Alaska has six steel-deck truss bridges like the one that collapsed in Minnesota last week, but state highway officials aren't worried about any of those. And it also has dozens of bridges with the same "structurally deficient" label as the Minnesota bridge, including the Mendenhall River bridge in Juneau.
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Department of Transportation Chief Bridge Engineer Richard Pratt isn't worried about those either.
"If there's any question about a bridge, we close it down," he said. "The safety of the public always comes first."
Juneau's most prominent bridge, the Douglas Bridge, is also in good shape, Pratt said. Its three components are each rated a seven on a scale of zero to nine, with nine being the highest, Pratt said.
"It's in pretty good shape overall," he said.
It was last inspected in 2005, with another inspection scheduled for this summer, he said.
The National Transportation Safety Board is now investigating the deadly collapse of the Minneapolis bridge, part of an interstate highway crossing the Mississippi River.
Steel deck truss bridges
Spans in Alaska
Kuskulana River between Chitna and McCarthy
Robertson River on the Alaska Highway
Susitna River on the Denali Highway
Nenana River at Moody on the Parks Highway
Icy Bay Big River Center Crossing
Icy Bay Big River West Crossing
After the incident, state bridge officials stepped up some inspections and began waiting for word out of Minnesota about why its bridge unexpectedly collapsed. They also had to describe how bridges are inspected and explain previously arcane terminology such as "structurally deficient."
After a television report on Alaska's bridges, Pratt said he got a call from a member of the public who demanded, "I want to see a list of which bridges are safe to drive on."
Pratt said that while the state has numerous bridges listed as structurally deficient, 124 by last count, they're all safe to cross. That terminology is given to a bridge that may need some repairs and makes it eligible for federal funding. It may be years away from having serious problems, however.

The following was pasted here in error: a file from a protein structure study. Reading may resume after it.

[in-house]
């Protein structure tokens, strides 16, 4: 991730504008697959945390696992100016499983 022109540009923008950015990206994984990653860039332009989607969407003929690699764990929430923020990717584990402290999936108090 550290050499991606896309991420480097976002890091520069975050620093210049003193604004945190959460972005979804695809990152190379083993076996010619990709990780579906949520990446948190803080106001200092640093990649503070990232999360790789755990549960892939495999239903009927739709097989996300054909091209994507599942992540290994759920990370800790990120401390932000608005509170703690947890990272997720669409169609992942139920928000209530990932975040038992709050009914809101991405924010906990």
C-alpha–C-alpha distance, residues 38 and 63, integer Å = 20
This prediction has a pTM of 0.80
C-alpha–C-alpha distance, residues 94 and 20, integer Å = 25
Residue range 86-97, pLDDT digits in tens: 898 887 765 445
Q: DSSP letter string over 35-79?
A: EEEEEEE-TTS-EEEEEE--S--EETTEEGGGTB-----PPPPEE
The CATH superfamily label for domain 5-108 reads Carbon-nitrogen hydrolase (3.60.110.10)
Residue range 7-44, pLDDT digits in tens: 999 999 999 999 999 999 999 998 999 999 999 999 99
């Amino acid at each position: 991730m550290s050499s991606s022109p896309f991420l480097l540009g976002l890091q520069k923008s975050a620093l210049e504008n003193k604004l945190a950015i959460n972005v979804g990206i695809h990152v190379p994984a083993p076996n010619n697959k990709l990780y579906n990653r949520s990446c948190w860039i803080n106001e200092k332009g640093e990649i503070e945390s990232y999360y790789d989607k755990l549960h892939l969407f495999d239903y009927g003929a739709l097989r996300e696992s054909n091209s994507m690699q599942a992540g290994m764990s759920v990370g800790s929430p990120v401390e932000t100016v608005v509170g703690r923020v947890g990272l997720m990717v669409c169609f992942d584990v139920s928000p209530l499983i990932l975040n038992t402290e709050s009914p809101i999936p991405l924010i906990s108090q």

Different bridge elements get rated on a scale of zero to nine, with a one being probably already collapsed and a nine being brand new. To be eligible for funding, at least one element of a bridge must rate a four or below.
"It's not meant to say at all that the bridge is unsafe," Pratt said.
In the case of the Mendenhall River bridge on Glacier Highway, the substructure rated a four due to spalling of the concrete, Pratt said.
Spalling is something that happens to concrete in harsh climates where water enters tiny cracks, freezes and thaws and eventually pits and breaks out parts of the concrete. In the case of the Mendenhall River bridge, the rebar reinforcing-steel has been exposed in places, he said. That will shorten the life of the bridge, but does not pose an immediate safety issue.
"It's not something that has me concerned at this time," he said.
The deck and the superstructure rated a five and a six, he said.
Two of the state's steel-deck truss bridges were in poor shape, but they were on little-traveled logging roads that cross the Big River north of Yakutat.
"The other four were all in really good shape," said Pratt.
One of those bridges crosses the Kuskulana River between McCarthy and Chitna and was built in 1911 to access the rich Kennecott copper mine. Despite its age, it is still fully functional, Pratt said.
Others get more traffic, such as those on the Alaska Highway and the Parks Highway, but remain in good shape as well. Every component is either a five, six or seven.
Contact Pat Forgey at 523-2250 or firstname.lastname@example.org.
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